The fi­nal whis­tle is blown by Robin and we col­lect our spent car­tridges and make our way back to the game cart where we con­gre­gate and watch the bag be­ing brought in.

We are shoul­der to shoul­der with beat­ers, pick­ers-up, driv­ers and Guns – just how it should be! Every­one is smil­ing. We are just shy of our 200-bird bag, but we have been se­lec­tive in our shoot­ing and gen­er­ous in our car­tridge us­age. The weather has been kind, the sport has been test­ing but con­sis­tent, and the com­pany has been good fun – so all in all a great and mem­o­rable au­tumn day.

We make our way back to Cat­ton Hall for af­ter­noon tea, more home­made cake and lash­ings of ban­ter.

Many thanks to Si­mon for the kind in­vi­ta­tion, to Robin and Katie Neil­son for be­ing ex­cel­lent hosts and to Team Wal­ton for a won­der­ful day of Stafford­shire partridge and pheasant. Good luck with this sea­son.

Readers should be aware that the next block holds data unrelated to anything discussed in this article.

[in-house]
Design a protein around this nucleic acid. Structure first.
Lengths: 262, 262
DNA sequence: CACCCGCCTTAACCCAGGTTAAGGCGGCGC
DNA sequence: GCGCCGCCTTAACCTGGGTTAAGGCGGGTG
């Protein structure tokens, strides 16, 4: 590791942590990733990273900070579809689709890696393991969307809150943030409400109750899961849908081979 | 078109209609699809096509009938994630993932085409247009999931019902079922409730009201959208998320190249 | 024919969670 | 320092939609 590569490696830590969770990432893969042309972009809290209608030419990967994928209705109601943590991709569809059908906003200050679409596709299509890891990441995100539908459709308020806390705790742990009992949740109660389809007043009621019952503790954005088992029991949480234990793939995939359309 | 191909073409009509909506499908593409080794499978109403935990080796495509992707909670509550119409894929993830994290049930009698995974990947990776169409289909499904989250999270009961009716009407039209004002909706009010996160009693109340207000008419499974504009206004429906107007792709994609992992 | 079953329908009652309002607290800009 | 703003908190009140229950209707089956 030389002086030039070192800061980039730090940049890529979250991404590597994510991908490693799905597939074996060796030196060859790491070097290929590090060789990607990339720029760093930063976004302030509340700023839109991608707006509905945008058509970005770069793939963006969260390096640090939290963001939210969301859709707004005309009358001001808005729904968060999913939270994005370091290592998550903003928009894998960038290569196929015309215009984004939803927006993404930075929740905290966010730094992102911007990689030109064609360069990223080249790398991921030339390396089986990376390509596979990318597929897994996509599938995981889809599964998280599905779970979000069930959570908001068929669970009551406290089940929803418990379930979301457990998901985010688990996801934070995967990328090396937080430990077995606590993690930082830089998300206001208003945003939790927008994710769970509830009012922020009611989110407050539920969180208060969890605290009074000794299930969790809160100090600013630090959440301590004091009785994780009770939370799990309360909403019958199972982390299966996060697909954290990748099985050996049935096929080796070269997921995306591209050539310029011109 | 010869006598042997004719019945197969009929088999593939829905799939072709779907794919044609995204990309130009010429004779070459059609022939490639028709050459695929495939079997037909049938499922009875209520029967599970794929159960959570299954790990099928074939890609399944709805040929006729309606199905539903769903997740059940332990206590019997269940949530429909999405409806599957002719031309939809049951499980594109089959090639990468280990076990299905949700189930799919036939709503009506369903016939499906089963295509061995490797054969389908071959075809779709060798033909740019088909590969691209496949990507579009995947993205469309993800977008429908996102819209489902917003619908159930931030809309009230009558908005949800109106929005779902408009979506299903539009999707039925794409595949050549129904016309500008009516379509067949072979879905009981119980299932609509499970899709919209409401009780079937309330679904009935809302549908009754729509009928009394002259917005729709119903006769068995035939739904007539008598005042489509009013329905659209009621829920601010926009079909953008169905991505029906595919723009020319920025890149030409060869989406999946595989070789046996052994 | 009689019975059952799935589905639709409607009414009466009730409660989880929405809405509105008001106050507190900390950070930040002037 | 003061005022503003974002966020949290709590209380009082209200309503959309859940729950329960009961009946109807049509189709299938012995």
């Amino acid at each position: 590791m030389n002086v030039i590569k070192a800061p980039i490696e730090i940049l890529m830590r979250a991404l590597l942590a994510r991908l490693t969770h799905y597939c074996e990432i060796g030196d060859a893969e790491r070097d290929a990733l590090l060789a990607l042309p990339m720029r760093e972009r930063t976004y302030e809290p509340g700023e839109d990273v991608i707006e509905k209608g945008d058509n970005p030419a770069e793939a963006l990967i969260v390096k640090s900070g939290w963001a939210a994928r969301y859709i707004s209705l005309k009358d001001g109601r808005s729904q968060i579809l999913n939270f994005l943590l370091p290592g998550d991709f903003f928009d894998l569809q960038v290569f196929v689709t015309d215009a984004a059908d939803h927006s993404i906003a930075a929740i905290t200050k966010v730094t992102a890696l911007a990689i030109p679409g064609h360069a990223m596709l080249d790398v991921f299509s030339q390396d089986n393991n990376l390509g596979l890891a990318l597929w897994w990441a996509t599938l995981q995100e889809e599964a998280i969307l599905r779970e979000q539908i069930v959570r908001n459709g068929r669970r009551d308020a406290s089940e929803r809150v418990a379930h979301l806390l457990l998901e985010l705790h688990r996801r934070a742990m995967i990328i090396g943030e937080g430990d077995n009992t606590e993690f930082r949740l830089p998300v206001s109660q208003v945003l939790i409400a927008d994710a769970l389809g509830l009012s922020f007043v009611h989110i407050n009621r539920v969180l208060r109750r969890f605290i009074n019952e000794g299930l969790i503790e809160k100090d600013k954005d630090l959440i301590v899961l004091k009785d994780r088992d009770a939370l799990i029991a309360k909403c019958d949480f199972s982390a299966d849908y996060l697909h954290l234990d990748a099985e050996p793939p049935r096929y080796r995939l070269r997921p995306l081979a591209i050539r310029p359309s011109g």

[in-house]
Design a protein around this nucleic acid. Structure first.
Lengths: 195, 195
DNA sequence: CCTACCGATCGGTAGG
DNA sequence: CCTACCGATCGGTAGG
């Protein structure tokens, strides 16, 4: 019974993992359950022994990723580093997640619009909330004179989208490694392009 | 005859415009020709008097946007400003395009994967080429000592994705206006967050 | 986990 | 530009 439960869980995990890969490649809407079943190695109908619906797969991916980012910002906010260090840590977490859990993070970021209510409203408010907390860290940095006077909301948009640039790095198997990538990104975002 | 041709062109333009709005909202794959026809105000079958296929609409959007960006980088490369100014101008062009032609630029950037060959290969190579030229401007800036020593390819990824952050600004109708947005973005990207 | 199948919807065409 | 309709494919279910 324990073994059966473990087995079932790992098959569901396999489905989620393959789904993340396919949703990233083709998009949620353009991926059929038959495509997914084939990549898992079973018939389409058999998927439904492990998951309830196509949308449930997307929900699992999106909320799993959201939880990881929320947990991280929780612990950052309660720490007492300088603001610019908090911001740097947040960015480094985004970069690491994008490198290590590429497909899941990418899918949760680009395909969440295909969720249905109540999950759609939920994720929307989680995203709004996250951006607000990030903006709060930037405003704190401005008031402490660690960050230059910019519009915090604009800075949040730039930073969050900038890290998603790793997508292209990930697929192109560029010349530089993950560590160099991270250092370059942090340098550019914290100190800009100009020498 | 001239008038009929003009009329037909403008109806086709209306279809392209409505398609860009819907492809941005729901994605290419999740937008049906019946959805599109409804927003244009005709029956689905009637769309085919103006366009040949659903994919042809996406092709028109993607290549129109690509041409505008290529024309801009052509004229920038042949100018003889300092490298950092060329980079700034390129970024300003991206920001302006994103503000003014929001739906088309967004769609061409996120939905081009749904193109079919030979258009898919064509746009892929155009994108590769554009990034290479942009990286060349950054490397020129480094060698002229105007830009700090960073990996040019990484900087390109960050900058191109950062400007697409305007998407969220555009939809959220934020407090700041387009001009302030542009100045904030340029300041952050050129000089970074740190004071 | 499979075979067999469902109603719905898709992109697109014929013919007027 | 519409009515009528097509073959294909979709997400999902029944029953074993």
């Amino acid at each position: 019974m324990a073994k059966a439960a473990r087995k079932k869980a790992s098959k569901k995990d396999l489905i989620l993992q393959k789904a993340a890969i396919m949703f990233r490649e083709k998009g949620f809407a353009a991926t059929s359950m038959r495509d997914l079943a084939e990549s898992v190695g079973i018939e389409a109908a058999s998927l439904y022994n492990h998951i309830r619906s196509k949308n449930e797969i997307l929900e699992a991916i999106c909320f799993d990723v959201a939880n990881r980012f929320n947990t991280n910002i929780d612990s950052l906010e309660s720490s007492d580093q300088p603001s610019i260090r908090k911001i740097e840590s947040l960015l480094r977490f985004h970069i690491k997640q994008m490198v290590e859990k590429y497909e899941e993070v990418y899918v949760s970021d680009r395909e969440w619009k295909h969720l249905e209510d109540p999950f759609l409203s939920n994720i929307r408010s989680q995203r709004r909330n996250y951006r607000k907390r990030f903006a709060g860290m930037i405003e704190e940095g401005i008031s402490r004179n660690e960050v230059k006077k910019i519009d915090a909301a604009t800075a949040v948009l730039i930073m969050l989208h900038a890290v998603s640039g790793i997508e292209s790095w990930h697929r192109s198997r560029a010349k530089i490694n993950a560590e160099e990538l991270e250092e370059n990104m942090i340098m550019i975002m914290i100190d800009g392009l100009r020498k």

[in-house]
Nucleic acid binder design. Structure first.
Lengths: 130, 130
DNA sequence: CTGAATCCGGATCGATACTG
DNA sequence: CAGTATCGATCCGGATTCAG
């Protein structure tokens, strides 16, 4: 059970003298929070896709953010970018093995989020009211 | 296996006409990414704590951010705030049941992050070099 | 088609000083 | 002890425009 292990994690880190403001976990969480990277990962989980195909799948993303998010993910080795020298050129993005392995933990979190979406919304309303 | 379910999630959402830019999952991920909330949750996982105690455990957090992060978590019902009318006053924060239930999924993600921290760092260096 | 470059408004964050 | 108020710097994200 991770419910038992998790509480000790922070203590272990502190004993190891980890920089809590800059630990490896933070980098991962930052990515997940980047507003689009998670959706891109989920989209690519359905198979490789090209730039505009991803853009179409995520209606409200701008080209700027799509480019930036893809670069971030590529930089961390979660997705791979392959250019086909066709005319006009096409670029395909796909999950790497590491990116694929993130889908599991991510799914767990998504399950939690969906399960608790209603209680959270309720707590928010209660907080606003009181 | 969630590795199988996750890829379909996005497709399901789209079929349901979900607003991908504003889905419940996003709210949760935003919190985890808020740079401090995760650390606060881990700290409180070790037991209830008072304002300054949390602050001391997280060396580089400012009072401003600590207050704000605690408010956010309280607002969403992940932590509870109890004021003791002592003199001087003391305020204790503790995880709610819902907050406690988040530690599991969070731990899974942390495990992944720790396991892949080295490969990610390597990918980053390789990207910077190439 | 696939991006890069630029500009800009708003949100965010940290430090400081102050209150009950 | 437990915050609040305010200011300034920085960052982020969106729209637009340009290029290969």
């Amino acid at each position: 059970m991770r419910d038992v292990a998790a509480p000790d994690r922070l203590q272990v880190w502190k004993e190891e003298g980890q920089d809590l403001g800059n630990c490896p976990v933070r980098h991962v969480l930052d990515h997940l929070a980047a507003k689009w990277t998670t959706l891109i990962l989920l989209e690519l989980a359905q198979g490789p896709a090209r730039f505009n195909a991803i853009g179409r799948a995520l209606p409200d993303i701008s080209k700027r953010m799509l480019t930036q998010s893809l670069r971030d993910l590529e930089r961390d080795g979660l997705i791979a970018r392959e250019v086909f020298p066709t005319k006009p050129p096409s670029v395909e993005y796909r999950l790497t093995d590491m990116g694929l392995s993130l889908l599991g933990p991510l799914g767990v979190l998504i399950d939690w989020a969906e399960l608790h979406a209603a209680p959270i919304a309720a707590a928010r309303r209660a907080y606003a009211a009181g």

‘Four gen­er­a­tions of Wal­tons have keep­ered or worked on the Cat­ton Es­tate, so it is no won­der that Mick knows his ground so well’

Shoot­ing par­ties have been com­ing to Cat­ton for over 30 years

Cat­ton Hall lies at the heart of 250 acres of parkland

Every­one was all smiles after a day of ex­cel­lently pre­sented birds

The team of Guns: Front row (L-R) Bryn Aldridge, Tim Colling­wood, Richard Duf­fus, Chris Davis, Ju­lian Rob­bins, Si­mon Board­man-We­ston, Robert Hinch­cliffe; back row (L-R) Robin Neil­son and Owen Beardsmore

The mix of open plan­ta­tions and cover crops makes for a steady and re­li­able show of birds

Keeper Mick Wal­ton checks the game cart